Instrumental leaders are likely to have a rather secondary relationship to other group members. They give orders and may discipline group members who prohibit attainment (达到)of the group’s goals. Expressive leaders cultivate a more personal or primary relationship to others in the group. They offer sympathy when someone experiences difficulties or is subjected to discipline, are quick to lighten a serious moment with humor, and try to resolve issues that threaten to divide the group. As the difference in these two roles suggests,expressive leaders generally receive more personal affection from group members;instrumental leaders, if they are successful in promoting group goals, may enjoy a more distant respect.
72. Which of the following statements about leadership can be inferred from paragraph 2?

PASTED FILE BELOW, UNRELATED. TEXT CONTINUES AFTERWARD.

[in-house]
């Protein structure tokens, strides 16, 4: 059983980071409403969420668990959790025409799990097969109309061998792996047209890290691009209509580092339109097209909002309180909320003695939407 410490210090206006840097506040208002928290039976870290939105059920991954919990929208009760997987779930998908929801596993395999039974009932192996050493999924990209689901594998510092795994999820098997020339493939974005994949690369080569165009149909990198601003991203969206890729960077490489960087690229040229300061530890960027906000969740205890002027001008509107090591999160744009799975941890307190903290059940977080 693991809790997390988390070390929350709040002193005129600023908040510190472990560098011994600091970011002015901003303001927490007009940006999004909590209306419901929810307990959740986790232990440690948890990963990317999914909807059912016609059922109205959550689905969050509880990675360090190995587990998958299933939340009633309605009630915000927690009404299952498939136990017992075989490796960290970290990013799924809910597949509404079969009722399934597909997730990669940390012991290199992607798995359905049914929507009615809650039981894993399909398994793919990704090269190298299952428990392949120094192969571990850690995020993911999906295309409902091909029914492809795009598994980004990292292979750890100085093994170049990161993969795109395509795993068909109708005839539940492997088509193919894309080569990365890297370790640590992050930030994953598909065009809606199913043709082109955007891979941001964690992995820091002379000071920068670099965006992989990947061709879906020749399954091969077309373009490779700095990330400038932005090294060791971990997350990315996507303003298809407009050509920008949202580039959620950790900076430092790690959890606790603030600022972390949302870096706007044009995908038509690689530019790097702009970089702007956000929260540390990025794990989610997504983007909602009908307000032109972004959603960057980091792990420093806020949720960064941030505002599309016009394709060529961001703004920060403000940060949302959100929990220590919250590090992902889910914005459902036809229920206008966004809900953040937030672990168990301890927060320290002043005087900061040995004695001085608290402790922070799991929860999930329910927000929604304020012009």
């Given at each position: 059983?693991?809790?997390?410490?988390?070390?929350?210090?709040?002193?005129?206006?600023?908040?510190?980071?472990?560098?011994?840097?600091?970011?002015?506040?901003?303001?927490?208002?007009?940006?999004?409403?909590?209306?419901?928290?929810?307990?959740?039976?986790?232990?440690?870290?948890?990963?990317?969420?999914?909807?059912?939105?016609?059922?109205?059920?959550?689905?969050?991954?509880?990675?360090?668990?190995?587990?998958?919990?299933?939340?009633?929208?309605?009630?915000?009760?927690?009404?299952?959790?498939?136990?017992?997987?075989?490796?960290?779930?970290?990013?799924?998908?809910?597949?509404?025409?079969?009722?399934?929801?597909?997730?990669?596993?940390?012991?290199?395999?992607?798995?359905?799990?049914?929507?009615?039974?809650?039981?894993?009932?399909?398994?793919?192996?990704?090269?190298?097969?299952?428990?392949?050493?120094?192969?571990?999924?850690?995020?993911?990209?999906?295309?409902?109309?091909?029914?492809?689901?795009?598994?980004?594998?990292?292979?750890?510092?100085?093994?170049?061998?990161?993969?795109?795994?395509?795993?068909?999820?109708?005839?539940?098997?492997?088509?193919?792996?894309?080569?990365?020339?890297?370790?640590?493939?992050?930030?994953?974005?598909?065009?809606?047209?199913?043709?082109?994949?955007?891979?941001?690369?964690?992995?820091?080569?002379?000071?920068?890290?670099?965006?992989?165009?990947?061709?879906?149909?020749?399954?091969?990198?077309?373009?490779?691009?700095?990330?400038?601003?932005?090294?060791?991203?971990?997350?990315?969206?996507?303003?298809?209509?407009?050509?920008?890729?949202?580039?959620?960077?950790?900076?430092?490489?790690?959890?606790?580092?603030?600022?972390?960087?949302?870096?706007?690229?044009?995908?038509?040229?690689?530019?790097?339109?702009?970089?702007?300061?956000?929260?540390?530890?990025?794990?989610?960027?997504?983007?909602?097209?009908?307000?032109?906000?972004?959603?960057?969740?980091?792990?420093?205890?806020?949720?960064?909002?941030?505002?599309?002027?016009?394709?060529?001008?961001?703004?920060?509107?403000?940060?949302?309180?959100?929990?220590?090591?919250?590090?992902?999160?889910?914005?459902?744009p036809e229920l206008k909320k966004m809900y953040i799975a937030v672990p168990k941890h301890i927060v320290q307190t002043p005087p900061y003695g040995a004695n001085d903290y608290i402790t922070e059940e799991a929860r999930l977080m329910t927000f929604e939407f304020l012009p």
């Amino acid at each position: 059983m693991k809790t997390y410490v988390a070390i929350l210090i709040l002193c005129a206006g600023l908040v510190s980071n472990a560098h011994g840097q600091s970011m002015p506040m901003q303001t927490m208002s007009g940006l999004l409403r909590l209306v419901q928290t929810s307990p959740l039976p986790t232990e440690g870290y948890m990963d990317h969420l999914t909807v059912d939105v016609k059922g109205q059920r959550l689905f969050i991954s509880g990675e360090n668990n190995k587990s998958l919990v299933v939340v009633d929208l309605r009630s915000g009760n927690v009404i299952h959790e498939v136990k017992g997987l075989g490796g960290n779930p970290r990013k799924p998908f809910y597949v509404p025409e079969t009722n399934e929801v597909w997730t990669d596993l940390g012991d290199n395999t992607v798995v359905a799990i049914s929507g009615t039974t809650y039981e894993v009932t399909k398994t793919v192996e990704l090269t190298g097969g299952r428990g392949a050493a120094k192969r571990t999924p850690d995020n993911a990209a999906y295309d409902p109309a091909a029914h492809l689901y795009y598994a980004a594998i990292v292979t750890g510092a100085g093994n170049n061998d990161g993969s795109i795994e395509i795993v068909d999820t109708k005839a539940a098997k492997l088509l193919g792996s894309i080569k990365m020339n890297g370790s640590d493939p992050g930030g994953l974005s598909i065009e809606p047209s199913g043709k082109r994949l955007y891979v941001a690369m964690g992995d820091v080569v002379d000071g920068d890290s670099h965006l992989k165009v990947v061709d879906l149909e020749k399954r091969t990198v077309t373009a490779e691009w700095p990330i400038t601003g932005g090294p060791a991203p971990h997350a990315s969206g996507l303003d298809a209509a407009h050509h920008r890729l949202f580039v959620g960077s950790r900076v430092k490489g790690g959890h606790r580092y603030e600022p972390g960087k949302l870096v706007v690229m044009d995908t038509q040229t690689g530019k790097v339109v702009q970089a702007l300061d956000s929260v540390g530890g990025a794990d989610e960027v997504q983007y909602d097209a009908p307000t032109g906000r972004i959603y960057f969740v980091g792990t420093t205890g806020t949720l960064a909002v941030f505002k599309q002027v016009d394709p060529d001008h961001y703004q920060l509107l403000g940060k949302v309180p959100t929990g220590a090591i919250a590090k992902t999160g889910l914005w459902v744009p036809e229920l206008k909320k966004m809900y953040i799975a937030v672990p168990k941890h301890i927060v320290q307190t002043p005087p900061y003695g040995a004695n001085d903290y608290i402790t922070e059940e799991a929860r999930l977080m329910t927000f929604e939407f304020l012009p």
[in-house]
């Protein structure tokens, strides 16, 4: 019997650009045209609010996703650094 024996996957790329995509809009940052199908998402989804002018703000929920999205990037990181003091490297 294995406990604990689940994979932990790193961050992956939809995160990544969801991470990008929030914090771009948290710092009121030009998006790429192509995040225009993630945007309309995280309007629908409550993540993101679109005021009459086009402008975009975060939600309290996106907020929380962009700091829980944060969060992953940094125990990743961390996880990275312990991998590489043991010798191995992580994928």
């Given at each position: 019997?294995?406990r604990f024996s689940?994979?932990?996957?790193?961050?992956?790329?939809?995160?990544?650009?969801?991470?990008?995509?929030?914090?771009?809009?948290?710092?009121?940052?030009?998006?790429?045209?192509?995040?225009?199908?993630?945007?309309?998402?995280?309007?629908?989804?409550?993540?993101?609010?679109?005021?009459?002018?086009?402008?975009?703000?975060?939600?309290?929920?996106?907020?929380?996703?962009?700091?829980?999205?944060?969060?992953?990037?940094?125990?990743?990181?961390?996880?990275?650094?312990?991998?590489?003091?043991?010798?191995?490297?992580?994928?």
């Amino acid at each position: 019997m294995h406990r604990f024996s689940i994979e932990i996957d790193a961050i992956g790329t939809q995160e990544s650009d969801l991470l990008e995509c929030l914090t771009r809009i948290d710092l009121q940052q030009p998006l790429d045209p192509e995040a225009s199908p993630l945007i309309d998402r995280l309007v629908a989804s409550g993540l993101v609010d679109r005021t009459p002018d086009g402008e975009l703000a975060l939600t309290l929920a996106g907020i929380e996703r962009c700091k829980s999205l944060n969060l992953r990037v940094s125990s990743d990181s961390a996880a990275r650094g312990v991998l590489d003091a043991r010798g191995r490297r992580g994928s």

A. Few people succeed in sharing a leadership role with another person.
B. A person who is an effective leader of a particular group may not be an effective
leader in another group.
C. A person can best learn how to be an effective leader by studying research on
D. Most people desire to be leaders but can produce little evidence of their qualifications.
73. The passage indicates that instrumental leaders generally focus on _______.
A. ensuring harmonious relationships
B. sharing responsibility with group members
C. achieving a goal
D. identifying new leaders
74. A “secondary relationship” between a leader and the members of a group could best be described as “________”.
A. distant B. enthusiastic
C. sympathetic D. personal
75. What does the passage mainly discuss?
A. The problems faced by leaders.
B. How leadership differs in small and large groups.
C. How social groups determine who will lead them.
D. The role of leaders in social groups.